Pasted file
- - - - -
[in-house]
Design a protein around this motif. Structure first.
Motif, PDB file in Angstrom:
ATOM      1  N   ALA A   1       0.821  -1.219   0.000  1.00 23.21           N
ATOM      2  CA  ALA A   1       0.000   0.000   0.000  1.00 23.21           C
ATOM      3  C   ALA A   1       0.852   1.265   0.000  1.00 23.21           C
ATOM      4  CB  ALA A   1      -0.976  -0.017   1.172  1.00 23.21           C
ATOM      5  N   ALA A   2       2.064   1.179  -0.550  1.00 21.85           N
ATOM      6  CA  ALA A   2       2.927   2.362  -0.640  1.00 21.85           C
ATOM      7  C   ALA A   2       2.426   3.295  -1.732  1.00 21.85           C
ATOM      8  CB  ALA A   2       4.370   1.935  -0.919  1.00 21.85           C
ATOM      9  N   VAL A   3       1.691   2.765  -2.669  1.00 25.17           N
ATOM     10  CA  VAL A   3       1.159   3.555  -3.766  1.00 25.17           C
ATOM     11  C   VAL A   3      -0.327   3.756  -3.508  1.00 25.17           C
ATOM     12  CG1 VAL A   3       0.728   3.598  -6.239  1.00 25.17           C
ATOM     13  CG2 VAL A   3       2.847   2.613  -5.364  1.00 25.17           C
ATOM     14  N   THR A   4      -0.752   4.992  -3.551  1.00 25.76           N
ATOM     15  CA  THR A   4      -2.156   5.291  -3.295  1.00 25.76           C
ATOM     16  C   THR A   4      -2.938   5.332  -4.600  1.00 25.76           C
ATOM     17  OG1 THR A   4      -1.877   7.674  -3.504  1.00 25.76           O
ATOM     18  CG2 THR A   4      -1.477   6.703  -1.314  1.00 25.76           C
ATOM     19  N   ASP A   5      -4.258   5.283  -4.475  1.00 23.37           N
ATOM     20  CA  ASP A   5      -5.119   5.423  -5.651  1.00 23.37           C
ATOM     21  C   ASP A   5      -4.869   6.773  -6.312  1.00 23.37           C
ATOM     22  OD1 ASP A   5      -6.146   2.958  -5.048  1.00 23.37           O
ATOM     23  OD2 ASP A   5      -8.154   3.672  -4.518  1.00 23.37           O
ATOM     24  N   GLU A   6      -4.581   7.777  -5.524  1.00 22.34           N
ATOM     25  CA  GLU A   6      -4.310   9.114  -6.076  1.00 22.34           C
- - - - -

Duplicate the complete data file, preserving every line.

[in-house]
Design a protein around this motif. Structure first.
Motif, PDB file in Angstrom:
ATOM      1  N   ALA A   1       0.821  -1.219   0.000  1.00 23.21           N
ATOM      2  CA  ALA A   1       0.000   0.000   0.000  1.00 23.21           C
ATOM      3  C   ALA A   1       0.852   1.265   0.000  1.00 23.21           C
ATOM      4  CB  ALA A   1      -0.976  -0.017   1.172  1.00 23.21           C
ATOM      5  N   ALA A   2       2.064   1.179  -0.550  1.00 21.85           N
ATOM      6  CA  ALA A   2       2.927   2.362  -0.640  1.00 21.85           C
ATOM      7  C   ALA A   2       2.426   3.295  -1.732  1.00 21.85           C
ATOM      8  CB  ALA A   2       4.370   1.935  -0.919  1.00 21.85           C
ATOM      9  N   VAL A   3       1.691   2.765  -2.669  1.00 25.17           N
ATOM     10  CA  VAL A   3       1.159   3.555  -3.766  1.00 25.17           C
ATOM     11  C   VAL A   3      -0.327   3.756  -3.508  1.00 25.17           C
ATOM     12  CG1 VAL A   3       0.728   3.598  -6.239  1.00 25.17           C
ATOM     13  CG2 VAL A   3       2.847   2.613  -5.364  1.00 25.17           C
ATOM     14  N   THR A   4      -0.752   4.992  -3.551  1.00 25.76           N
ATOM     15  CA  THR A   4      -2.156   5.291  -3.295  1.00 25.76           C
ATOM     16  C   THR A   4      -2.938   5.332  -4.600  1.00 25.76           C
ATOM     17  OG1 THR A   4      -1.877   7.674  -3.504  1.00 25.76           O
ATOM     18  CG2 THR A   4      -1.477   6.703  -1.314  1.00 25.76           C
ATOM     19  N   ASP A   5      -4.258   5.283  -4.475  1.00 23.37           N
ATOM     20  CA  ASP A   5      -5.119   5.423  -5.651  1.00 23.37           C
ATOM     21  C   ASP A   5      -4.869   6.773  -6.312  1.00 23.37           C
ATOM     22  OD1 ASP A   5      -6.146   2.958  -5.048  1.00 23.37           O
ATOM     23  OD2 ASP A   5      -8.154   3.672  -4.518  1.00 23.37           O
ATOM     24  N   GLU A   6      -4.581   7.777  -5.524  1.00 22.34           N
ATOM     25  CA  GLU A   6      -4.310   9.114  -6.076  1.00 22.34           C